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GS Pay Scale FAQs

GS Pay Scale FAQs

While we’re constantly working to improve our guide to the GS Pay Scale, it can still be a confusing system. We created this page in order to answer any specific questions you might have about the Pay Scale. Since many users seem to have similar question, we’ll continue to post the questions we receive here, along with the best answers we can muster.

Below is a list of questions from the forums, some with multiple answers posted.

If you don’t see your salary inquiry here, be sure to post it in the GovCentral discussion forums.

Clarification on the Ten Steps
Non-government Work Experience
Does Locality Affect Pay Rates?
What is an Automatic Step Increase?
Negotiating My Salary

Clarification on the Ten Steps
Does the fact that there are 10 steps to each grade mean that it takes 10 years to reach top pay with the federal government? Also, if one is hired at the 5/7/9 level and the position has a full performance level of GS 12/13, do you receive steps at the same time you are advanced to the next grade? – FutureCFE

Answer 1: If you are hired as a 5/7/9… You begin as a 5 after a year of work you go up for a performance review. If your boss feels you should be promoted to a 7 you will be and so on. In most cases, this promotion is done without competition “non-competitive promotion”.

When you accept a new job it’s important to check out the steps… The best time to take advantage of the step system is BEFORE you accept a job offer. Take this example:

“Joe, is offered a GS-12 position, he knows he needs a few steps in order to reach his current salary. Upon accepting the job, Joe negotiates a GS-12 position step 5.” This way “Joe” doesn’t have to wait 10 years to reach his full potential as a GS-12 and gives him and advantage if he applies to be a GS-13.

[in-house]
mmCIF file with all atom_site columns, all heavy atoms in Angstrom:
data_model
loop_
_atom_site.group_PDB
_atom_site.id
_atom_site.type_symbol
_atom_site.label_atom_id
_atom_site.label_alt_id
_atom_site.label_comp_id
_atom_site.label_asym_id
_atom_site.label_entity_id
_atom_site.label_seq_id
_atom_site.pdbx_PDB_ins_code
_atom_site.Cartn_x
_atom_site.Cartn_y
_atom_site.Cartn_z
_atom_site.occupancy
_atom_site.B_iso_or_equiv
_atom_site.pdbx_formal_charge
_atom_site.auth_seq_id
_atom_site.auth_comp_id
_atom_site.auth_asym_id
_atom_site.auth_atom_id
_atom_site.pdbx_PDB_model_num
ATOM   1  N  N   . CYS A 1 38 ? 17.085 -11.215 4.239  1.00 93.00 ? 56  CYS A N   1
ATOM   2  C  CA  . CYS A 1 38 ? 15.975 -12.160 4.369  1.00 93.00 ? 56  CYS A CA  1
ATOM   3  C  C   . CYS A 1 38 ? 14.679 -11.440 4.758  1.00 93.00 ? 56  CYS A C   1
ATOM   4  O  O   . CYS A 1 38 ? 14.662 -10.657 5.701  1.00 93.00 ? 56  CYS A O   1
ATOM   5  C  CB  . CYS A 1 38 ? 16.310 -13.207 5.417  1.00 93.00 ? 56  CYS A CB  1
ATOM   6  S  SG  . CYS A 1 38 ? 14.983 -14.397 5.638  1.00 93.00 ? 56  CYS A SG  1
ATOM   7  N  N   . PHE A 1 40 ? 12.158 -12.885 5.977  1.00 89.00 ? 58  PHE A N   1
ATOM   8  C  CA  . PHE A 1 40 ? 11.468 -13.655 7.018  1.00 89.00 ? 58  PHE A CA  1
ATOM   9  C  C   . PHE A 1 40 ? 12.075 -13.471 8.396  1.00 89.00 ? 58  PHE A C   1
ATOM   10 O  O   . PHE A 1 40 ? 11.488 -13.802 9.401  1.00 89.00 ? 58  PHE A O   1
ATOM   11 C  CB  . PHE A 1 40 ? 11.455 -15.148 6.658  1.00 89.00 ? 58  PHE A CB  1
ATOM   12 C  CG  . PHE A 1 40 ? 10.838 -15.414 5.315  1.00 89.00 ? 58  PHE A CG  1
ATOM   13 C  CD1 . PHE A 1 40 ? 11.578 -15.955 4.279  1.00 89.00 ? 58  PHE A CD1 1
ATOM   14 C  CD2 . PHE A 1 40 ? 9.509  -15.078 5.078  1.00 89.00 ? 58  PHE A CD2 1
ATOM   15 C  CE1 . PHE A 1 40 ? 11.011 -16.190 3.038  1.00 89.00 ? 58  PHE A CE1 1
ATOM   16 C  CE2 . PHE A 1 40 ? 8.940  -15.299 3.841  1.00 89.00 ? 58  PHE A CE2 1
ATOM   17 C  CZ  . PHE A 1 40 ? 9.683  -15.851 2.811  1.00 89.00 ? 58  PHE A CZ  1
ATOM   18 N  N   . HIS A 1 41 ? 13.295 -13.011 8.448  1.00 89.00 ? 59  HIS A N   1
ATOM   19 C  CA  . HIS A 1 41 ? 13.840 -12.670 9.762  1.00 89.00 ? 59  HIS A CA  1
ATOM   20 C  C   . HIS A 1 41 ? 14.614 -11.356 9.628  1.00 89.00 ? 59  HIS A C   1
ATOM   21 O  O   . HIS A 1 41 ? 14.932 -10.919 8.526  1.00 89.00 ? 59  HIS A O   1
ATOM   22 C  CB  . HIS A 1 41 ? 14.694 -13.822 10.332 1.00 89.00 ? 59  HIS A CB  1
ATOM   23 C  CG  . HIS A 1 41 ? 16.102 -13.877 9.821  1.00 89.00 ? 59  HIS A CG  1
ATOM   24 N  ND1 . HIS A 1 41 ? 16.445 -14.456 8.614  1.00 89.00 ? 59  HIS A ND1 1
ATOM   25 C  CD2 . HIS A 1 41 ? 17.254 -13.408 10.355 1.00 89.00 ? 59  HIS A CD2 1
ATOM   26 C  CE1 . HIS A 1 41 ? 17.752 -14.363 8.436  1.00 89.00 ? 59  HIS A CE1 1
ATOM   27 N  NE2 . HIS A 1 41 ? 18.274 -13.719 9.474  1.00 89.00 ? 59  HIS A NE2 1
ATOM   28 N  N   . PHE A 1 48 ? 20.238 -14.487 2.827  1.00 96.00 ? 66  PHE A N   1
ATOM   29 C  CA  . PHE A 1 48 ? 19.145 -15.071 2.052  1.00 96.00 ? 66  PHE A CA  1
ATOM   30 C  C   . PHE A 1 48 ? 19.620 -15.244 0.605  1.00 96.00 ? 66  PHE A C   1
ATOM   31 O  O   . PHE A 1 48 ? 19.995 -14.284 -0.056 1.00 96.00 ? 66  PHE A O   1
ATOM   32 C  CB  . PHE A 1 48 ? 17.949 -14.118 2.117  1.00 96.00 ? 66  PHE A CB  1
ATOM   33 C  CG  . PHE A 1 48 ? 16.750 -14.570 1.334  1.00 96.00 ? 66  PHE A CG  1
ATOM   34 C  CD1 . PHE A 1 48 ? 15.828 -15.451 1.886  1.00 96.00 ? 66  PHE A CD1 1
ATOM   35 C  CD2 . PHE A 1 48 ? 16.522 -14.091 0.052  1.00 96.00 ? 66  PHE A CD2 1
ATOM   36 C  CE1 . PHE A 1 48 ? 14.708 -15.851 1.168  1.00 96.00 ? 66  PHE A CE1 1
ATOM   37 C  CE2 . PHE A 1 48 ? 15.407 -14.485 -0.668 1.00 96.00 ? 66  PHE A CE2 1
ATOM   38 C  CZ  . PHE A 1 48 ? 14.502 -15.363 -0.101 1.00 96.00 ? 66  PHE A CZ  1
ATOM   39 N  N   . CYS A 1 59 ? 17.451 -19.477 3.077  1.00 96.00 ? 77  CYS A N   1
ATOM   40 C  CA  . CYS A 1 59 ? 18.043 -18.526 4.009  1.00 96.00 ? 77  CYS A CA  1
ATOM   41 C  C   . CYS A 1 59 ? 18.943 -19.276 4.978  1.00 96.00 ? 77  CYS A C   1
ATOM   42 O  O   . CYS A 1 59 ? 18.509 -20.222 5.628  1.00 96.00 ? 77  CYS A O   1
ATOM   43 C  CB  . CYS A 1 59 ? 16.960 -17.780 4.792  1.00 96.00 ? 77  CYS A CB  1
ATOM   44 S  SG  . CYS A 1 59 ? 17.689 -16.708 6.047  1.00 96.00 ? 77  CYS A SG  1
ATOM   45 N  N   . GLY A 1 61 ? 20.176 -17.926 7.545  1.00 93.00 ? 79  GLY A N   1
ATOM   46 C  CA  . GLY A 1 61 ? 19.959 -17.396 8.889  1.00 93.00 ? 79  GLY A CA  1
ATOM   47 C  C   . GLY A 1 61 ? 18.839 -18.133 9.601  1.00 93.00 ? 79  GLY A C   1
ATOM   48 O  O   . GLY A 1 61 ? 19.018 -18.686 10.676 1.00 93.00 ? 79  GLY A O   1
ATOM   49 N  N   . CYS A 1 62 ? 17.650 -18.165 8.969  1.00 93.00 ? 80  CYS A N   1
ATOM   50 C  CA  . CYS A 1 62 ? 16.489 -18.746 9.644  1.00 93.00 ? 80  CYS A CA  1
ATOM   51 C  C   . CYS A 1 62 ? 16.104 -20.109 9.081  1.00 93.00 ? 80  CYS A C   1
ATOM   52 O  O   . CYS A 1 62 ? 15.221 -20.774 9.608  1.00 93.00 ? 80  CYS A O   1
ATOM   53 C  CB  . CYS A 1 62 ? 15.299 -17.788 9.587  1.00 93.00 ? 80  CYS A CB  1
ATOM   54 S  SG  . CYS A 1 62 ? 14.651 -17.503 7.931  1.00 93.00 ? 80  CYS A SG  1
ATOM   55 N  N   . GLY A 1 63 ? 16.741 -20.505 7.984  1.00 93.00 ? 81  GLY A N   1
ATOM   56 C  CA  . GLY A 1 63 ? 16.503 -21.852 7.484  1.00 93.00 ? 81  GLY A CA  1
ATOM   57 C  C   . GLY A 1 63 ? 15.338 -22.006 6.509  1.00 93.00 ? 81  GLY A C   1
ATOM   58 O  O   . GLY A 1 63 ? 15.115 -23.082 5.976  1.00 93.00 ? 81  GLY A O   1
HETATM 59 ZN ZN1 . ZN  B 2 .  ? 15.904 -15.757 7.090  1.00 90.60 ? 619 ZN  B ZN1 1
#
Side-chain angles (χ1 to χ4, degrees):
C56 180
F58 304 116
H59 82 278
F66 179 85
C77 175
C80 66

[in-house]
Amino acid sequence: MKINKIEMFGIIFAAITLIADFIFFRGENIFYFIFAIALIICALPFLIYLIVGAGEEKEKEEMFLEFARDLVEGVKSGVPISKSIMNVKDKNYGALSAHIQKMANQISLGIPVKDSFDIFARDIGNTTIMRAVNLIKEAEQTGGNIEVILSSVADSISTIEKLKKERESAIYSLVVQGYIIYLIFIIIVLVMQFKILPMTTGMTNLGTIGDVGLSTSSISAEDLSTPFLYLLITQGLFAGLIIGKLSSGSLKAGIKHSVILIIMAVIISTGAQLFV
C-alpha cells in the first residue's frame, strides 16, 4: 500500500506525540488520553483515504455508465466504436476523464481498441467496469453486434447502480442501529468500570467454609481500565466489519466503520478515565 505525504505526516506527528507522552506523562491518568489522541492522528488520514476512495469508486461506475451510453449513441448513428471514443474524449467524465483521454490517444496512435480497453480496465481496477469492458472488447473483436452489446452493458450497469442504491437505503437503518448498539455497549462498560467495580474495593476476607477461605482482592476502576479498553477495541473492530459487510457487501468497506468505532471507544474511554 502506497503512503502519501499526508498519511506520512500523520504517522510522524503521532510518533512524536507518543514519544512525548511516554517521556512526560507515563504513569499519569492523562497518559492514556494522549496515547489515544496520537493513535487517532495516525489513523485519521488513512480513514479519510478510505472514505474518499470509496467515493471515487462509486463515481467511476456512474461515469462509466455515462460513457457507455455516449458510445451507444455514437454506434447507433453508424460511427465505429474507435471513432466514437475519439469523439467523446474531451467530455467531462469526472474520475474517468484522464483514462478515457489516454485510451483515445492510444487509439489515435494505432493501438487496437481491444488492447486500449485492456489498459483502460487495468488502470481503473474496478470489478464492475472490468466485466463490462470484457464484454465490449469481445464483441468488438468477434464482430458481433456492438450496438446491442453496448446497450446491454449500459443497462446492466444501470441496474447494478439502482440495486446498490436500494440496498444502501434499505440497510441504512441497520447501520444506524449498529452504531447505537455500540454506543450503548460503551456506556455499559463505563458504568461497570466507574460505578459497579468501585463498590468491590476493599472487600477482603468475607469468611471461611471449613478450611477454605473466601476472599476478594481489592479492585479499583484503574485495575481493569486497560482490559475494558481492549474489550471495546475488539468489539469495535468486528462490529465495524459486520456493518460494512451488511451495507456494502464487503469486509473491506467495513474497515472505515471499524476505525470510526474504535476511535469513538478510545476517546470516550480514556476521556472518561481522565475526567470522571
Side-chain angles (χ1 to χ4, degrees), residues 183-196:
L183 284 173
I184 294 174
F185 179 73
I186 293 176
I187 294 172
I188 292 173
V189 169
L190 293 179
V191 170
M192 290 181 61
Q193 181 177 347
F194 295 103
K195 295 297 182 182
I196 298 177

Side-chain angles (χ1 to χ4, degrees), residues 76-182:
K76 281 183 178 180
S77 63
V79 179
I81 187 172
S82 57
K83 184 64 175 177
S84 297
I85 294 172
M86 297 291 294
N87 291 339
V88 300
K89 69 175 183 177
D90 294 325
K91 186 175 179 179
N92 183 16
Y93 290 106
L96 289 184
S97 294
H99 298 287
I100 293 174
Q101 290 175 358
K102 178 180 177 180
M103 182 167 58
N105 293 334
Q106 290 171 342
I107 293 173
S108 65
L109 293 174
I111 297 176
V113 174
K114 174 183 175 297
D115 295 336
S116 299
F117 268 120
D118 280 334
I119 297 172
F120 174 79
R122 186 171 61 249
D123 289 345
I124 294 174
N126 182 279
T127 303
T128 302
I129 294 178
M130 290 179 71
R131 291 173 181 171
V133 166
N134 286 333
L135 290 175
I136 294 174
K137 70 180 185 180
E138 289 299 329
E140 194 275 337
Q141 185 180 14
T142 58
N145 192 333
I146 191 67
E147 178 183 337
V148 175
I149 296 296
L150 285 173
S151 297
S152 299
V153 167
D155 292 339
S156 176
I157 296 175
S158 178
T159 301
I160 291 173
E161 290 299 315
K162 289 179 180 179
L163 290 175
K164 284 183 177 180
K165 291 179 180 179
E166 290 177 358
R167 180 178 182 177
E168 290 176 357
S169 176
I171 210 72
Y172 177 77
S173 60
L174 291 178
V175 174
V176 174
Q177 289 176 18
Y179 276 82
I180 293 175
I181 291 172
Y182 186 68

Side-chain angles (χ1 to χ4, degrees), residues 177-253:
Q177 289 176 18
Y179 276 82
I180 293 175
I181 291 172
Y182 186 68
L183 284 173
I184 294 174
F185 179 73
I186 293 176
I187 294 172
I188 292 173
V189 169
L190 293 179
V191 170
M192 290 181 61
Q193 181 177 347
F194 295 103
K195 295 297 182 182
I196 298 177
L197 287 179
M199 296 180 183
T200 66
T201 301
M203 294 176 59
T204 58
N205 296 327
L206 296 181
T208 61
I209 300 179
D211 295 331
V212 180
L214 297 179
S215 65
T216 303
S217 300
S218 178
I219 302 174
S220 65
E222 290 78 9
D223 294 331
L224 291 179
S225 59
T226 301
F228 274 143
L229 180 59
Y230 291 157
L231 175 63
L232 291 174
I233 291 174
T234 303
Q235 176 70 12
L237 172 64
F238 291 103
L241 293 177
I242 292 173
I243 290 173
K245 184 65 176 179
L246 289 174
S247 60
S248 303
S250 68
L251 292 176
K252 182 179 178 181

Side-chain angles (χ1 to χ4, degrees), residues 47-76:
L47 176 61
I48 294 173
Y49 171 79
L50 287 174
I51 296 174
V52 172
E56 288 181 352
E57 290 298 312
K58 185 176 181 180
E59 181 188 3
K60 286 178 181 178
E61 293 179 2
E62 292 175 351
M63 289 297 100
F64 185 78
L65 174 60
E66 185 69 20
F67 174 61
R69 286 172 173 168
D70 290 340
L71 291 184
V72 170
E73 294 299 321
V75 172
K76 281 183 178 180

Answer 2: It takes way more than 10 years to reach salary full potential even though there are 10 steps. Steps 1-4 take a year, 5-7 take two years, and 8-10 take 3 years…

Answer 3: If you start in the government as a GS 5, you could apply for a GS 7 in one year. Then at the end of the next year you could apply for and land a GS 9. And the next year you could apply for and land a GS 11. Then one year later go for a GS 12. Next year 13. Next year 14. Next year 15.

6 years from GS 5 to 15. That would be amazing. But legally according to the rules, you could do this.

The steps within the grade are for people who stay in the same grade for a long time.

If you started as a GS 5 and stayed there, you could move to a GS 5, step 2 the next year. And the next year you would go automatically to a Step 3. This is not a fast way to get promoted.

But these moves happen without applying for a job. They just happen.

But things are changing in government and these automatic step increases will be a process in the past pretty soon.

Non-government Work Experience:
If I have a few years of experience outside the government and decide to apply for a government job, where would I start at on this scale?
I’ve seen some jobs I am qualified for state that equivalent experience that would be obtained at the GS-5 level is required. Does this mean that I can’t apply for the GS-7 position that was posted… and if so, why is it posted as open to the public, if the public isn’t working on that same scale?